Pacific Pests, Pathogens and Weeds - Online edition

Pacific Pests, Pathogens, Weeds & Pesticides

Green weaver ant (386)

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  • Restricted distribution. In Oceania, Australia, Papua New Guinea, and Solomon Islands. Prey includes sap-sucking bug, beetles, caterpillars, thrips, fruit flies on many crops of economic importance; tends aphids, mealybugs and scales for honeydew. Do not sting, but bite and spray formic acid. Move quickly and defend nests when distributed.
  • Adults, yellow to reddish brown, build nests (usually in groups up to half million ants) in trees fastening leaves together. Queen in one nest, but eggs distributed to others. Workers are major (forage, defend) and minor (care for brood, collect honeydew).
  • Biosecurity: A generalist, requiring an import risk analysis before considering importing this invasive ant.
  • Management: in Vietnam farmers use ants in citrus, providing canes between trees to assist foraging; reports of good pest control in cashew, mango, and plantation trees (Australia), oranges (Africa). Control of pests of coconuts and cocoa (Papua New Guinea and Solomon Islands) less successful due to competition from other ants.
Common Name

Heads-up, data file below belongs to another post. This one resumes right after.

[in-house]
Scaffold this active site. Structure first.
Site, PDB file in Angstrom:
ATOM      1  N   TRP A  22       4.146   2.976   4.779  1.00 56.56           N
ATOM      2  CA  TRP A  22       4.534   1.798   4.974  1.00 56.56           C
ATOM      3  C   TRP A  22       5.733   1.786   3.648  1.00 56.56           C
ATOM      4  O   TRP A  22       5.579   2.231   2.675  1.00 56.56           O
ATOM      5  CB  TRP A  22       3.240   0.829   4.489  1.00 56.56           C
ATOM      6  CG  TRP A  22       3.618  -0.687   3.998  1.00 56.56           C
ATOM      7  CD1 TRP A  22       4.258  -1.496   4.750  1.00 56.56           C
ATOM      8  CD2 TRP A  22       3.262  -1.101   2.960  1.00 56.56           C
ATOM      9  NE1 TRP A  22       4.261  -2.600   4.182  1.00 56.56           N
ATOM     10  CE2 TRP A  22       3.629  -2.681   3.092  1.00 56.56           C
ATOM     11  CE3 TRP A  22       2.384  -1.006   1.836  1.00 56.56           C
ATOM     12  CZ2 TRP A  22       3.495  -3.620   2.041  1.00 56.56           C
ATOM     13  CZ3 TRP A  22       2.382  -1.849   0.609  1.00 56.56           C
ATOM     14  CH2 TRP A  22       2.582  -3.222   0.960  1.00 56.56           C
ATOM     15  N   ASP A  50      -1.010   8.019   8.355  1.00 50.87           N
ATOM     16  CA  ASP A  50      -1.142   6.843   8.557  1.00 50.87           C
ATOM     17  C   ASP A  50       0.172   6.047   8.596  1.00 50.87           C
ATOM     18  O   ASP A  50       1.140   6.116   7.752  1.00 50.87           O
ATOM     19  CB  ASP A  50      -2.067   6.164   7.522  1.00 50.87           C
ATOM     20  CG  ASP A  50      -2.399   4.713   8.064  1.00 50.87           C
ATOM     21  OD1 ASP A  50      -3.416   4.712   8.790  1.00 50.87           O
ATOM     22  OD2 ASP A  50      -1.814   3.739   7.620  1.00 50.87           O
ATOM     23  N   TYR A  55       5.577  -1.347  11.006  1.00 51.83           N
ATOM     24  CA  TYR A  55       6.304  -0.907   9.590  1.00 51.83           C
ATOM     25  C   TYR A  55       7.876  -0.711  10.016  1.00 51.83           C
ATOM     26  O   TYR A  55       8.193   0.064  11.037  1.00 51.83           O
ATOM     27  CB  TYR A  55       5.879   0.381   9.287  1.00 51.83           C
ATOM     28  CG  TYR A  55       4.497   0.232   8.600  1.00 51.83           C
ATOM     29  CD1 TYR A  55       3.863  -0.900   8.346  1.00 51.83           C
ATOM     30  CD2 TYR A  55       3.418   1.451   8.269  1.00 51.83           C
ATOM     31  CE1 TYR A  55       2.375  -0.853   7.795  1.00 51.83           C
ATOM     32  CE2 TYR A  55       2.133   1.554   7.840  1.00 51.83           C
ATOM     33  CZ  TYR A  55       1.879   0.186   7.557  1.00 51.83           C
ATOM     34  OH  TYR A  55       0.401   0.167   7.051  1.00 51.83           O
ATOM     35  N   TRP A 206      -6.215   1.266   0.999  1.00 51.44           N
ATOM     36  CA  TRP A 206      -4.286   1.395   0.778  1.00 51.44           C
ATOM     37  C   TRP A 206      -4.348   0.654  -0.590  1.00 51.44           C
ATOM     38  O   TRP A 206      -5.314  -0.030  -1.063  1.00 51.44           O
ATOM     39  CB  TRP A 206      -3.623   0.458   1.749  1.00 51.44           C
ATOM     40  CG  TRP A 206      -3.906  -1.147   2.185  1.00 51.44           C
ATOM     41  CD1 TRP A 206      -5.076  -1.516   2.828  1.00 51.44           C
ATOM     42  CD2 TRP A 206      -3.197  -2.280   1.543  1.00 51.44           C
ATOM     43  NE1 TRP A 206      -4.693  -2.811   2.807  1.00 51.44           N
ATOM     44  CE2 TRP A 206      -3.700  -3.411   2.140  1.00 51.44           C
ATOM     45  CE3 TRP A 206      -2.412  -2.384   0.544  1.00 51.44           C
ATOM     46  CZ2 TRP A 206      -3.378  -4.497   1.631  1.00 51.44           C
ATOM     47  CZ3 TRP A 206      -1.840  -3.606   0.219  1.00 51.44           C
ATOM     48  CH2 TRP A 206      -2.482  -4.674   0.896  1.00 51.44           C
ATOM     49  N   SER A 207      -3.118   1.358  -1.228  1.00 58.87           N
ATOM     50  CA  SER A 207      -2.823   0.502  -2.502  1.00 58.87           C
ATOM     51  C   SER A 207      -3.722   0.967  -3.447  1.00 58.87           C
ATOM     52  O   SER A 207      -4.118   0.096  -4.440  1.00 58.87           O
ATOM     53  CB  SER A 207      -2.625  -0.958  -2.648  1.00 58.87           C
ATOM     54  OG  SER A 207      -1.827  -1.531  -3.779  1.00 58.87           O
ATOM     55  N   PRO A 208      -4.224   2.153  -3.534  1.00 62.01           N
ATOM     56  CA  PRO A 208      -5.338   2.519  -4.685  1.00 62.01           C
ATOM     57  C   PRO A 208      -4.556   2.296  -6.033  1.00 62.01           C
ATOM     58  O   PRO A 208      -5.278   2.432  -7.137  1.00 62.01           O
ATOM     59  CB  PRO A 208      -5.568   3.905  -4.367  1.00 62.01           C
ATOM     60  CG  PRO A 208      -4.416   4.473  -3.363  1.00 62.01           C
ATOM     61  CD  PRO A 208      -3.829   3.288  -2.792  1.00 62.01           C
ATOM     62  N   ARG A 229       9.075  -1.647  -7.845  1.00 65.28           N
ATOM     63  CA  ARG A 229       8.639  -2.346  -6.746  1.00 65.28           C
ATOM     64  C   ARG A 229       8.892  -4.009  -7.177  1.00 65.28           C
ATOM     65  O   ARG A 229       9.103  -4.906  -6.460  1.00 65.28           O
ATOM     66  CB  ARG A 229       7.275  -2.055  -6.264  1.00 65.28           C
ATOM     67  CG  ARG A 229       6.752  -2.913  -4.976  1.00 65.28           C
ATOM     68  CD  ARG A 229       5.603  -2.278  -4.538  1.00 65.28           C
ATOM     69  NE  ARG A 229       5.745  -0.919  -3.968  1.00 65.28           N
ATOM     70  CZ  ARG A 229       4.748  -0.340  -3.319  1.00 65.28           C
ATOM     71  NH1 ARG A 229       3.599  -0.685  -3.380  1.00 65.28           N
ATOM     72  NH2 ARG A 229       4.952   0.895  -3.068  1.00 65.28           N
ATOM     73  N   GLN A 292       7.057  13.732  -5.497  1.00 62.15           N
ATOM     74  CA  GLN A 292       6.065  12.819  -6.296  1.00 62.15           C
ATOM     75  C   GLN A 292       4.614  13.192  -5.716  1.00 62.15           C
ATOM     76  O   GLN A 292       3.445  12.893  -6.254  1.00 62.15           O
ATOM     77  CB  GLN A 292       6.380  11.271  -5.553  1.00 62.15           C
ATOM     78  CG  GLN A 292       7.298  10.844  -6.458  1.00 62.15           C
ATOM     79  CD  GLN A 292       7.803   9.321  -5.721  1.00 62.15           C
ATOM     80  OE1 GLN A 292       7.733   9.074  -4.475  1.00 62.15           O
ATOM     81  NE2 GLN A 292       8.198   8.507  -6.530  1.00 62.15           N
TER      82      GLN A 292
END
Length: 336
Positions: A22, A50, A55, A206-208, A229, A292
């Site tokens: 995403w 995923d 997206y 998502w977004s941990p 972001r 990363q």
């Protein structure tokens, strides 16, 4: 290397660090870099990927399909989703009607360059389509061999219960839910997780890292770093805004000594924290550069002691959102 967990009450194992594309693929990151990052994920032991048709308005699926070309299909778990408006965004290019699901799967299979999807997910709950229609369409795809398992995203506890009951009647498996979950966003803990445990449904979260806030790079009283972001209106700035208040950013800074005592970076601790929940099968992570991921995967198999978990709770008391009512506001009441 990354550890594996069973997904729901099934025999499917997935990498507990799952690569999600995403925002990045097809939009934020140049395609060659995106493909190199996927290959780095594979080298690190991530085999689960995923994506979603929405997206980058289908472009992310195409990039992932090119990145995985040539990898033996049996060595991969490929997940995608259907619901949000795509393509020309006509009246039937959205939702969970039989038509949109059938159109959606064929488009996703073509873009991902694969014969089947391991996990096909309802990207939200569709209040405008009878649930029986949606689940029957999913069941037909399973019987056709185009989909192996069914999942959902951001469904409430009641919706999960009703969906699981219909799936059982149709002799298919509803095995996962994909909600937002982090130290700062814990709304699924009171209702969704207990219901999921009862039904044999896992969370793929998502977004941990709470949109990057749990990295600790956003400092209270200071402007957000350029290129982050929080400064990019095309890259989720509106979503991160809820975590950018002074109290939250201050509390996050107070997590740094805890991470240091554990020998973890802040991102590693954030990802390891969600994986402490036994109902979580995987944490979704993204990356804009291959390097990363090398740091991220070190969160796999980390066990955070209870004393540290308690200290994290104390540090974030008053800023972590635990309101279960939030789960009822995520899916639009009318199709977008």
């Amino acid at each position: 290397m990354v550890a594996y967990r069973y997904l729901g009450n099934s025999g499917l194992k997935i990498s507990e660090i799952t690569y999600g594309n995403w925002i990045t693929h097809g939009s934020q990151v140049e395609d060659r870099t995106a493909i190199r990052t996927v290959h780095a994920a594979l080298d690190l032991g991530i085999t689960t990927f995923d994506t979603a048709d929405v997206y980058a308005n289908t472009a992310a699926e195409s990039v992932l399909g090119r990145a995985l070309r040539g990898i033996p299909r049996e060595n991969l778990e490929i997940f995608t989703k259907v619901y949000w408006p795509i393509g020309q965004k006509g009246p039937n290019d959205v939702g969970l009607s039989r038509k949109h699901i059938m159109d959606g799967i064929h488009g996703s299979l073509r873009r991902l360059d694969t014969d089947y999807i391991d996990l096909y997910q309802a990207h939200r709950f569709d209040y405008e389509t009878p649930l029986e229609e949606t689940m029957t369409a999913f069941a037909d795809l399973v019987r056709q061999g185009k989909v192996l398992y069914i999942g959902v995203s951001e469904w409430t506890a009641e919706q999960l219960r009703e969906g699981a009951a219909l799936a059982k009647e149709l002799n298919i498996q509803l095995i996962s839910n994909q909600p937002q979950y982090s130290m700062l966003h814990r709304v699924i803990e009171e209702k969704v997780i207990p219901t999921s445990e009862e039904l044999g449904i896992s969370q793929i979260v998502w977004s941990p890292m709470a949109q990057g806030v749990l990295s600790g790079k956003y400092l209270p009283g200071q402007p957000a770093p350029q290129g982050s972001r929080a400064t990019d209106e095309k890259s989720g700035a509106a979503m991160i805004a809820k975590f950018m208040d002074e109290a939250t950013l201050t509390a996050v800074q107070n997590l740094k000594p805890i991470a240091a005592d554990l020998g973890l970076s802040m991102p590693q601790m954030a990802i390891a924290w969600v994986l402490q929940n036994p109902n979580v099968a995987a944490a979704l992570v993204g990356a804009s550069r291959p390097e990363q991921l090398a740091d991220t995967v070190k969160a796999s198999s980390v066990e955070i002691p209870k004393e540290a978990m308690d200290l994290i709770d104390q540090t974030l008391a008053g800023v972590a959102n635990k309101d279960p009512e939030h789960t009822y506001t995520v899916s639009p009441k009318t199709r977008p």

Green weaver ant. It is also known as the green tree ant.

Scientific Name

Oecophylla smaragdina

AUTHOR Grahame Jackson
Information from Antweb. (; and Weaver ant. Wikipedia. (; and Repelling fruit flies by weaver ants in oranges. Plantwise Factsheet for Farmers. Plantwise Knowledge Bank. (; and from Peng R, Christian K (2007).The effect of the weaver ant, Oecophylla smaragdina (Hymenoptera: Formicidae), on the mango seed weevil, Sternochetus mangiferae (Coleoptera: Curculionidae), in mango orchards in the Northern Territory of Australia. International Journal of Pest Management, 53(1), 15-24. Photo 1 Muhammad Mahdi Karim Red weaver ant, Oecophylla smaragdina in Bangalore, India. (,_Oecophylla_smaragdina.jpg). Photos 2&3 Howard Ensign Evans, Colorado State University, Photo 4 Basile Morin Nest of Oecophylla smaragdina (weaver ants), made of green leaves welded together. (

Produced with support from the Australian Centre for International Agricultural Research under project HORT/2016/18: Responding to emerging pest and disease threats to horticulture in the Pacific islands, implemented by the University of Queensland and the Pacific Community.

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